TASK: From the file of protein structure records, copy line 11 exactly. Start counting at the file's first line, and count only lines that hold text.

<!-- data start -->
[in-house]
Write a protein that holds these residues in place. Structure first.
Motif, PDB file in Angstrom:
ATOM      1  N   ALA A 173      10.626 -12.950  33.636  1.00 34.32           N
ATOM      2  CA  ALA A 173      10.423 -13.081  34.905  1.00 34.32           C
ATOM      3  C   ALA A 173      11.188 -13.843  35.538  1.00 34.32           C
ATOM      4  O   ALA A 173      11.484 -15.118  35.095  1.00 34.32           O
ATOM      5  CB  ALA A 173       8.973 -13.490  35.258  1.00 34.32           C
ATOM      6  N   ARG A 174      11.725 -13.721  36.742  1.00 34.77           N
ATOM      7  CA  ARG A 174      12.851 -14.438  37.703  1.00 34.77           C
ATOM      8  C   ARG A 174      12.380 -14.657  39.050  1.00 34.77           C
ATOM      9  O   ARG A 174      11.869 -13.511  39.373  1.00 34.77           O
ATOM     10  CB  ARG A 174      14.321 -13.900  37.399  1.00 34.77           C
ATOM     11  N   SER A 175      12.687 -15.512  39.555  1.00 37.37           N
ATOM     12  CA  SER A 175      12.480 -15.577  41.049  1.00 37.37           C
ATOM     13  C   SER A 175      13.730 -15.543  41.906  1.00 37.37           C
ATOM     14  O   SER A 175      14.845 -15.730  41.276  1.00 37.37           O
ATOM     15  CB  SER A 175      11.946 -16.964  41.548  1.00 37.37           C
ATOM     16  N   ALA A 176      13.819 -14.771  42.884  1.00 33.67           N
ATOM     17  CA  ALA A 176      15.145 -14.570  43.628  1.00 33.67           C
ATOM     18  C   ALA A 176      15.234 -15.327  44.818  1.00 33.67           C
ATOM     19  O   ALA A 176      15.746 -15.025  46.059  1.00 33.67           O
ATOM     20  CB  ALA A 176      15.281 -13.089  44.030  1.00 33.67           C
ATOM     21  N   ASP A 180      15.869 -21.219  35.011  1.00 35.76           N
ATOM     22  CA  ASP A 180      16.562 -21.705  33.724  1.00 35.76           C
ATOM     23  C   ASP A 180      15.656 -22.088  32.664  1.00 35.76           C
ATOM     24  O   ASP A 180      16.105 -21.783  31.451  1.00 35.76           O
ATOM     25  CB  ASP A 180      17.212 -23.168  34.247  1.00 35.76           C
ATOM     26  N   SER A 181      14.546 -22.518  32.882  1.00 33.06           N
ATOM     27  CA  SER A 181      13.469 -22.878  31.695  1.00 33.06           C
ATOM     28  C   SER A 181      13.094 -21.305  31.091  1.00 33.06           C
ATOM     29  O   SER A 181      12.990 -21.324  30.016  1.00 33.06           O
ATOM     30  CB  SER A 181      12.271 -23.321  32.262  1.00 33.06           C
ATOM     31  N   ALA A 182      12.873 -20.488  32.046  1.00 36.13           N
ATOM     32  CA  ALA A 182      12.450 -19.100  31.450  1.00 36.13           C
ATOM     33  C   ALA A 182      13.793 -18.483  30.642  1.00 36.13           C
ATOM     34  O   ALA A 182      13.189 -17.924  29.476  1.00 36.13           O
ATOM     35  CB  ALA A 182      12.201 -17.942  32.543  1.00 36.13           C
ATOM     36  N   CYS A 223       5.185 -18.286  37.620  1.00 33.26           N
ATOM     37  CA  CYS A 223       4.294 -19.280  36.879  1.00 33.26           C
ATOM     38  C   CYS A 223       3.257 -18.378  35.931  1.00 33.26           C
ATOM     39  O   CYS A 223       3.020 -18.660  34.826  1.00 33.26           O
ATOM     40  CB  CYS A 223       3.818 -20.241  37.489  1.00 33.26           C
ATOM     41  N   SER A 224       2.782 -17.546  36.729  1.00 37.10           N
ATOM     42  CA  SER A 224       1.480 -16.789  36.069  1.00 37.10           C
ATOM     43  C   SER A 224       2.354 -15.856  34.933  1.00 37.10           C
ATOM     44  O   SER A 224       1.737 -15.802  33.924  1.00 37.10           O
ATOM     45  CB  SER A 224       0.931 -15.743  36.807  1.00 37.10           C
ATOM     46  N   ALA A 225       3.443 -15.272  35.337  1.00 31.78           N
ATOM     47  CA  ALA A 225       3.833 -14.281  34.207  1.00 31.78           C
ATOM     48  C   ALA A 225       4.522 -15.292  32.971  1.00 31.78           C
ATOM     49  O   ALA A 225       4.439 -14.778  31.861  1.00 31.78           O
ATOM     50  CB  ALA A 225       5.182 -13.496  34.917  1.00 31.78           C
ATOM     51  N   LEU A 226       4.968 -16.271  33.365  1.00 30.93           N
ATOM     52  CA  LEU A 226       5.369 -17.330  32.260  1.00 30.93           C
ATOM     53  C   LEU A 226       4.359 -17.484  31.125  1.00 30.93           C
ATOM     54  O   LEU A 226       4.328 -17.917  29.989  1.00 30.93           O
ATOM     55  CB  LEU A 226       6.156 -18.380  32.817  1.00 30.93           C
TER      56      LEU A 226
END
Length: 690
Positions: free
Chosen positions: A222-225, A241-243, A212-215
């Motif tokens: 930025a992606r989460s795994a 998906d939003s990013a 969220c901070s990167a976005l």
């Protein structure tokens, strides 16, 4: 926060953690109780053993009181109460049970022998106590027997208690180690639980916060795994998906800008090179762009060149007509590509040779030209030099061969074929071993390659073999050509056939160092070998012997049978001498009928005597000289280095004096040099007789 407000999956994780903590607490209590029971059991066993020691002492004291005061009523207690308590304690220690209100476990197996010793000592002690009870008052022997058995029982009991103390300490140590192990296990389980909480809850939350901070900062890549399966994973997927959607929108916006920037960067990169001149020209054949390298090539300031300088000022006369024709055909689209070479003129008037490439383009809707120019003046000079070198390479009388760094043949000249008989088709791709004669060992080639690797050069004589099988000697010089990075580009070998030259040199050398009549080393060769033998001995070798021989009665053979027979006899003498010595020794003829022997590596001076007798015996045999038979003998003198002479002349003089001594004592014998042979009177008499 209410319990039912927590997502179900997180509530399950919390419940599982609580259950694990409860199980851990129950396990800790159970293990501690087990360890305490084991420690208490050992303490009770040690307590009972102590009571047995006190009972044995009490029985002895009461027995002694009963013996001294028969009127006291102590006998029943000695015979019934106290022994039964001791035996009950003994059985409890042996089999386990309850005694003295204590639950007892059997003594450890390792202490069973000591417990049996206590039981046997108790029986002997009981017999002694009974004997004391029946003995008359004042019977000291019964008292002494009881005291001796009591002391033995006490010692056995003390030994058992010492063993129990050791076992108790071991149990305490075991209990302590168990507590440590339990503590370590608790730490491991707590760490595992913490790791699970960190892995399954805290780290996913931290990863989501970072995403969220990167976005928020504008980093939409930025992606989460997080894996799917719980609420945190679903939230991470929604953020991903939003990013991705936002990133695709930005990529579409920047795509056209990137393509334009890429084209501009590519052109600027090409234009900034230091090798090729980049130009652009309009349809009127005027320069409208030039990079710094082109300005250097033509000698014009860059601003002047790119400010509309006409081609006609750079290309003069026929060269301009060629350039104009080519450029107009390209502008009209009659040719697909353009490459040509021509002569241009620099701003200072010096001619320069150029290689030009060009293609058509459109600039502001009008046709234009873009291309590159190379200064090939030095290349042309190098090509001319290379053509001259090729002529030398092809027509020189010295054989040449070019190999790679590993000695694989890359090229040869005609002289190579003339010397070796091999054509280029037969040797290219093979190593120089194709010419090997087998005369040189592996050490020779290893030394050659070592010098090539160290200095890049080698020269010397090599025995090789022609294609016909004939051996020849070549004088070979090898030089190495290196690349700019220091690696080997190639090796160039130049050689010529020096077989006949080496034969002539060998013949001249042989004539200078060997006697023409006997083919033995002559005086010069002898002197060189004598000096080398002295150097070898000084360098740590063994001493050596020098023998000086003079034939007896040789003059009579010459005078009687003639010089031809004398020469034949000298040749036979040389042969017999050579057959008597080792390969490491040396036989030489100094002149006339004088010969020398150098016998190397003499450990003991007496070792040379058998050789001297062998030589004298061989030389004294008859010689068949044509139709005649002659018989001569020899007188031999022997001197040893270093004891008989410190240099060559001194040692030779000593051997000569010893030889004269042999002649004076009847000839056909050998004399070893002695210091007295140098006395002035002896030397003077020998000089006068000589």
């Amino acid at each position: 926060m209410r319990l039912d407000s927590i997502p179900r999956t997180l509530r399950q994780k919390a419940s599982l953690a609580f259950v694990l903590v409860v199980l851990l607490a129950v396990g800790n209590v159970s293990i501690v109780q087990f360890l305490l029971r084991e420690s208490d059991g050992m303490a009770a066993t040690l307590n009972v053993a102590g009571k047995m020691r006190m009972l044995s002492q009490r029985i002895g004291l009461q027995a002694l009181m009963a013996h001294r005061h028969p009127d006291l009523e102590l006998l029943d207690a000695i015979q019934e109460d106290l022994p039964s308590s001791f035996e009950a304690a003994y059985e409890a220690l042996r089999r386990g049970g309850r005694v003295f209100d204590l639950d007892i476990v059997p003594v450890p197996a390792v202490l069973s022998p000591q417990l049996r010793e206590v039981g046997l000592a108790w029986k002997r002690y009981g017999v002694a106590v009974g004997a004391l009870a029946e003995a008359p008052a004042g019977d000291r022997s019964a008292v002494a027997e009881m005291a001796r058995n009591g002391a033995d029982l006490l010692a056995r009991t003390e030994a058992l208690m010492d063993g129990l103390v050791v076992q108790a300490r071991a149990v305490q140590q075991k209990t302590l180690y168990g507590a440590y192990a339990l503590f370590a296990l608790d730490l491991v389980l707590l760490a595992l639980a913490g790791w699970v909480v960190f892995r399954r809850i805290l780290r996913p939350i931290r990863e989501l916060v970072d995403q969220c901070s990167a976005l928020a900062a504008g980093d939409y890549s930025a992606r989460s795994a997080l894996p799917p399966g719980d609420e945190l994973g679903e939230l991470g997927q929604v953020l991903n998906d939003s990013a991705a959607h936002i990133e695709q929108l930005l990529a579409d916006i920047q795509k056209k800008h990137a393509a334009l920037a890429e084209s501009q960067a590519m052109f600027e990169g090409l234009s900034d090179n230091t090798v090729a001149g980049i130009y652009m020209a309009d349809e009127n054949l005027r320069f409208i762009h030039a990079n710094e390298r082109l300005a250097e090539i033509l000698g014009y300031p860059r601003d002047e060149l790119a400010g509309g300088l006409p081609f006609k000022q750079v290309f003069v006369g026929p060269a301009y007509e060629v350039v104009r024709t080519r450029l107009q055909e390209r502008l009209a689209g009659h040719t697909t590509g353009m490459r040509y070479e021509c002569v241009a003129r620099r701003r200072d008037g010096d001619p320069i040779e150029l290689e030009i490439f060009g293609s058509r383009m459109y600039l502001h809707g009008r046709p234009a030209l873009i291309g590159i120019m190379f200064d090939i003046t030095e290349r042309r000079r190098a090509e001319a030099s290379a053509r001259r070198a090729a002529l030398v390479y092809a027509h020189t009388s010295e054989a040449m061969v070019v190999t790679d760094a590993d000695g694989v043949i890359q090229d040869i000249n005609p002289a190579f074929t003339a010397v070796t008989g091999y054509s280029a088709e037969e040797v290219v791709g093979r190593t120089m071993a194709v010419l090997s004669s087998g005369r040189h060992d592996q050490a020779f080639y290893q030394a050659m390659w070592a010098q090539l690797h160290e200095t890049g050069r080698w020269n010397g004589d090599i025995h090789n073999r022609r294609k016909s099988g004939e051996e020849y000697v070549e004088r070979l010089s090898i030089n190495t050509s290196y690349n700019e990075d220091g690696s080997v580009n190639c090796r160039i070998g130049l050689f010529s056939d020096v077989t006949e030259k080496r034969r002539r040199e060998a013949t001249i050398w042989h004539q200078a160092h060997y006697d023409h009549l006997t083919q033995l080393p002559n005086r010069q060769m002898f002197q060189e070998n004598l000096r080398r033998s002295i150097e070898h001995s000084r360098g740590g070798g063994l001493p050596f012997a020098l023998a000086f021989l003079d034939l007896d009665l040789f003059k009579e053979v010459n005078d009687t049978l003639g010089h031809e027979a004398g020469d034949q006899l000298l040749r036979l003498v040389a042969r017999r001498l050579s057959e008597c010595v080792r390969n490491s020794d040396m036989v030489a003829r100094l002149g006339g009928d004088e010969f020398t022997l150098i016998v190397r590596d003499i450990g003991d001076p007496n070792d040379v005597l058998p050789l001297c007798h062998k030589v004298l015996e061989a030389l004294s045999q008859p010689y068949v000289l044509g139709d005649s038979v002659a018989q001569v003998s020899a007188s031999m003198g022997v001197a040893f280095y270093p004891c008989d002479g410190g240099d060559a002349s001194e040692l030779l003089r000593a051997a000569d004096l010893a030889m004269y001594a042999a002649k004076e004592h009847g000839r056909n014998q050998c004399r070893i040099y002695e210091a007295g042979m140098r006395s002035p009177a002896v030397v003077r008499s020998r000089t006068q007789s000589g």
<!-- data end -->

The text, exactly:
ATOM      8  C   ARG A 174      12.380 -14.657  39.050  1.00 34.77           C